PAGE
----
Research with young people raises many ethical and methodological challenges (as highlighted by Garthwaite et al. in this blog series), particularly when exploring sensitive topics. Conducting research with young people online brings further and compounding challenges, as we discovered through our experiences of adapting and undertaking a project which was devised long before the covid-19 pandemic.
Our research project explores young people’s understandings of inequalities in health and the wider social determinants of health. Health inequalities and the impact of these have not stopped during the pandemic. Worryingly, inequalities look to have worsened, and thus the need to research and understand experiences and the impacts of them is now more important than ever.
Before we began our data collection, we tested our methods with a Public Involvement and Engagement (PIE) group, which went some way towards preparing us for the challenges ahead. This blog outlines the methodological and ethical challenges we encountered, and we share some of the ways we sought to navigate these. We hope that sharing our experiences and reflections will help others when discussing topics relevant to health and inequality with young people and when having discussions online. The two biggest challenges we encountered were in developing rapport and relationships ‘at a distance’, and making sure we were able to provide effective support for our participants virtually. A crucial factor in helping us navigate these challenges was the close liaison with our partnering youth organisations, and the involvement of youth workers in the data collection sessions.
Developing rapport at a distance
Developing rapport with research participants is crucial in facilitating effective engagement, but we found that meeting online in a group setting made forming connections difficult. To help address this we developed and shared a short narrated project information video which included mini-biographies of the research team. We also arranged information sessions with the young people before data collection began which gave us the opportunity to introduce ourselves to the groups, helped us feel confident that the young people had a good understanding of what their participation would involve (e.g., consent, confidentiality), and gave time for reflection and direct questions. The information video and session were good substitutes for not being able to have face-to-face discussions with young people before data collection.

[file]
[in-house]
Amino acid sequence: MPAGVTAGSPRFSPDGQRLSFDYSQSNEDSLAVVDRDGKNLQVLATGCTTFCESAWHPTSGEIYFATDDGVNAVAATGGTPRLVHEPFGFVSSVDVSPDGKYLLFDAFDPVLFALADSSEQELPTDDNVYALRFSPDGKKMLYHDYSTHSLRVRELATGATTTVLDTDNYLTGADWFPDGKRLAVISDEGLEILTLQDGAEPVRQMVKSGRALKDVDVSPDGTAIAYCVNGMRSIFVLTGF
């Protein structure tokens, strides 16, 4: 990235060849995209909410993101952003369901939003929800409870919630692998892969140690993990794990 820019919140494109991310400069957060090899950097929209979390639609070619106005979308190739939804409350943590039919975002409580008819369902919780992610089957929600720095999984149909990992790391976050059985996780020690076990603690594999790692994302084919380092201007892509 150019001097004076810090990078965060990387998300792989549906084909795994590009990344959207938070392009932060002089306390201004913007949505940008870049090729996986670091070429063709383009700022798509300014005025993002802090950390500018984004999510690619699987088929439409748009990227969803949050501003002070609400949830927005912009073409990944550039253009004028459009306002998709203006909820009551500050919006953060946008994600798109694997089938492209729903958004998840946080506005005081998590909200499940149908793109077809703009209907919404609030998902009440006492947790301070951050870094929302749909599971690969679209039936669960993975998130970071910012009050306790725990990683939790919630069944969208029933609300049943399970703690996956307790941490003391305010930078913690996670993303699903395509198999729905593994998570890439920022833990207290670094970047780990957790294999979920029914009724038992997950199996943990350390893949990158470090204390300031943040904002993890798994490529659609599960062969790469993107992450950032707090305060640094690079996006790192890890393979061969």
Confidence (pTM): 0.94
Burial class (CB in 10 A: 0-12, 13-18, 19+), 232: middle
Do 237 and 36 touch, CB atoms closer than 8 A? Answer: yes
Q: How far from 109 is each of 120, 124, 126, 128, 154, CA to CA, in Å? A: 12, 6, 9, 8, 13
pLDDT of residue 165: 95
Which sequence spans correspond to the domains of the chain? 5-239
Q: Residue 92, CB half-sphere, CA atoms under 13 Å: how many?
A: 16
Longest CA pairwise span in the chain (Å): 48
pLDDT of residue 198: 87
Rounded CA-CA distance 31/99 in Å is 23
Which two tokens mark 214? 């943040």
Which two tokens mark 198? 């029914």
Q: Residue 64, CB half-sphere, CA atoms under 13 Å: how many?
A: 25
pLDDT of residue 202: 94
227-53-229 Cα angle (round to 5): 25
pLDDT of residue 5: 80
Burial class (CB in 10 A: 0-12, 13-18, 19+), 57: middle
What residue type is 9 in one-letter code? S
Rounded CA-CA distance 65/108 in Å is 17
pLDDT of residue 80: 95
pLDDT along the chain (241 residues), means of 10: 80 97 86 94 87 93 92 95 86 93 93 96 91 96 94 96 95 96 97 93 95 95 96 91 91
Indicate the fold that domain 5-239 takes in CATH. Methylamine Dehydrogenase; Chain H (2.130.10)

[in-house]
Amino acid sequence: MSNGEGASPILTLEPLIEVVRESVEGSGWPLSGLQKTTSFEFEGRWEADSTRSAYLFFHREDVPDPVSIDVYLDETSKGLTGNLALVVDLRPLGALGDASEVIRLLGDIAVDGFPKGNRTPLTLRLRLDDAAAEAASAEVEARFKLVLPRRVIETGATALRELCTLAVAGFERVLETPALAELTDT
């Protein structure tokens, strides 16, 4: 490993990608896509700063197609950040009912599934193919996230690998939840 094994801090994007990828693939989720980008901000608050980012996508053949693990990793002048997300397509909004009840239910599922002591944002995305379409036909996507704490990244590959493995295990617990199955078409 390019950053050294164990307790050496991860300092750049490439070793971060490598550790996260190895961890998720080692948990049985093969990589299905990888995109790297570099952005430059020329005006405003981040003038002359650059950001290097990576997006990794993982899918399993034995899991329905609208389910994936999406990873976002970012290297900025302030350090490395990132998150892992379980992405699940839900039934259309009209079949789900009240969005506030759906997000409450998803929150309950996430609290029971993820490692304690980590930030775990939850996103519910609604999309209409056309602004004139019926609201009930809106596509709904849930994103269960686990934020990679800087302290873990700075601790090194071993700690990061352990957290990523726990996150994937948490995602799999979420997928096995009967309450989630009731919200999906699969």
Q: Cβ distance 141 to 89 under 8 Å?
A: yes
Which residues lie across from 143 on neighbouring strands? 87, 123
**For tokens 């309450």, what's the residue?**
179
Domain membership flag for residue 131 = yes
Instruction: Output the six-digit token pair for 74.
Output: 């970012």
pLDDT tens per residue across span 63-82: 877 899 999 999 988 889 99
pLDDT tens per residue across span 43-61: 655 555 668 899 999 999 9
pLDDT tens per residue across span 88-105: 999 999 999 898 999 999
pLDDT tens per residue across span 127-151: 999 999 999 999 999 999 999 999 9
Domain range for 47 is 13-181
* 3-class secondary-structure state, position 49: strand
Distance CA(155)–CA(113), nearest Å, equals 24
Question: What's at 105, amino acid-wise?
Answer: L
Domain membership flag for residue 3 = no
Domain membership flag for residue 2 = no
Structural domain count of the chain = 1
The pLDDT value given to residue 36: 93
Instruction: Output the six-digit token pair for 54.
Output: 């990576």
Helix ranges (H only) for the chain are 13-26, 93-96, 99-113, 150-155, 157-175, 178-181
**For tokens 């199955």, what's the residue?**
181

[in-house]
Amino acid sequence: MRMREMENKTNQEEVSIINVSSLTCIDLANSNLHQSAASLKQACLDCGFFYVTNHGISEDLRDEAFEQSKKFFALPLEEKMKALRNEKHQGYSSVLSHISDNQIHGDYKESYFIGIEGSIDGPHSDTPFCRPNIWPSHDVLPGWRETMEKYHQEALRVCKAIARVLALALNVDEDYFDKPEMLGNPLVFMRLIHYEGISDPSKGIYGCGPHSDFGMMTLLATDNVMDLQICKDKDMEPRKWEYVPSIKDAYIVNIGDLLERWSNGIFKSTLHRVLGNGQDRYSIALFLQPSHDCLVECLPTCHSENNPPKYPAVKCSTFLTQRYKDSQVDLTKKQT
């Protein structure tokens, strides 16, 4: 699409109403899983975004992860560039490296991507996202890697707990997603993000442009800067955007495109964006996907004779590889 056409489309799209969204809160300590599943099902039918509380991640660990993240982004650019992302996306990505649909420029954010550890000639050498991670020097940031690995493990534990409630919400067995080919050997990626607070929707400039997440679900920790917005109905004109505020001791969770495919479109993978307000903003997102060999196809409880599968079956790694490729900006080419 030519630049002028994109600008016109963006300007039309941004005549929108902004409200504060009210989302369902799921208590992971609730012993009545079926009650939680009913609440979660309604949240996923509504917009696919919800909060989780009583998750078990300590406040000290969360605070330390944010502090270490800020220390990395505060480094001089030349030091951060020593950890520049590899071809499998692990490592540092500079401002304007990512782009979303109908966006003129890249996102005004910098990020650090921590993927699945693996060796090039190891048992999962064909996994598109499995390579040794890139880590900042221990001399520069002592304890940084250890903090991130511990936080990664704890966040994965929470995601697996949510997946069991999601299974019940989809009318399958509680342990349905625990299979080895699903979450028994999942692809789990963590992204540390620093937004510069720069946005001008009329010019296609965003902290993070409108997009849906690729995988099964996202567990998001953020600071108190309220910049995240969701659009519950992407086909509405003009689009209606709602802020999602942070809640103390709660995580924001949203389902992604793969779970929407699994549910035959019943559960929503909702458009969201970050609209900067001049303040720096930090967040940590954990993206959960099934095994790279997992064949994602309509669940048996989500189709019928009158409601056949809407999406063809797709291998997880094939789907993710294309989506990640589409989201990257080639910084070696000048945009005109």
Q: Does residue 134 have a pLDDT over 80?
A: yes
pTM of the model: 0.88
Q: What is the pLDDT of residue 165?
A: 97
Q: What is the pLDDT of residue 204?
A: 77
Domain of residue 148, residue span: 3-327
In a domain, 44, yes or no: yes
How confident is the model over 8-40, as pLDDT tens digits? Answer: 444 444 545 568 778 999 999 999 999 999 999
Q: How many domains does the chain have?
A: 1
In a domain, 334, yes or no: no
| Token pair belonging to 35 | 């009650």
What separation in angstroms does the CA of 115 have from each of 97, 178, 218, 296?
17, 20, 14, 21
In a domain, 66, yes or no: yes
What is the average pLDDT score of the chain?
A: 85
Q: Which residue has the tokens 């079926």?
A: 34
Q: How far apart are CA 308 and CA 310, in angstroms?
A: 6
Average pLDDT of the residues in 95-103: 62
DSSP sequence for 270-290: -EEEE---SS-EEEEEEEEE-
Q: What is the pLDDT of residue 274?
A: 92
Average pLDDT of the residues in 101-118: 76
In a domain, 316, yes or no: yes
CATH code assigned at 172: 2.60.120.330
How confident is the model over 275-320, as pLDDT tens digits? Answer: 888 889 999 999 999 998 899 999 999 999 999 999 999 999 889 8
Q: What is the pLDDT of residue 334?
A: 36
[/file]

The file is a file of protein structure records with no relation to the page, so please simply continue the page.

We also allocated time to building effective relationships during the data collection sessions and believe that doing so contributed to data quality. We found that ‘sandwiching’ data collection sessions with ‘fun’ icebreaker and cool-down activities which were unrelated to the data collection topic (e.g. ‘what emoji would you use to describe how you’re feeling now?’), worked well to address some of the power dynamics involved in research, and was crucial in engaging participants and building rapport whilst online.
Engagement and rapport seemed to grow with each meeting. This was further facilitated by participating youth workers who were known to, and trusted by the participants, and who went beyond providing access, to encouraging participation in the research and group discussions and helping to minimise online barriers. For example, youth workers encouraged young people to turn their cameras on when they were off and prompted them to engage fully in discussions by drawing on their knowledge of the participants' lived experiences. The youth workers were also crucial in identifying effective group splits for breakout rooms, which helped with group dynamics. In this way, the involvement of the youth workers helped mitigate some of the challenges of building relationships with groups in online settings.
Providing support to young people virtually
Discussions about health and inequalities are potentially sensitive, with the social stigmas of inequality, poverty and disadvantage making it challenging to explore these issues with young people. We recognised that participation could be distressing either directly through discussion of difficult topics with personal relevance, or through a form of vicarious trauma (i.e. adverse effects from the discussions and disclosures of other participants). As such, we felt it was especially important to consider how participants might feel during and after data collection, and how the online research setting would impact on how support can be provided.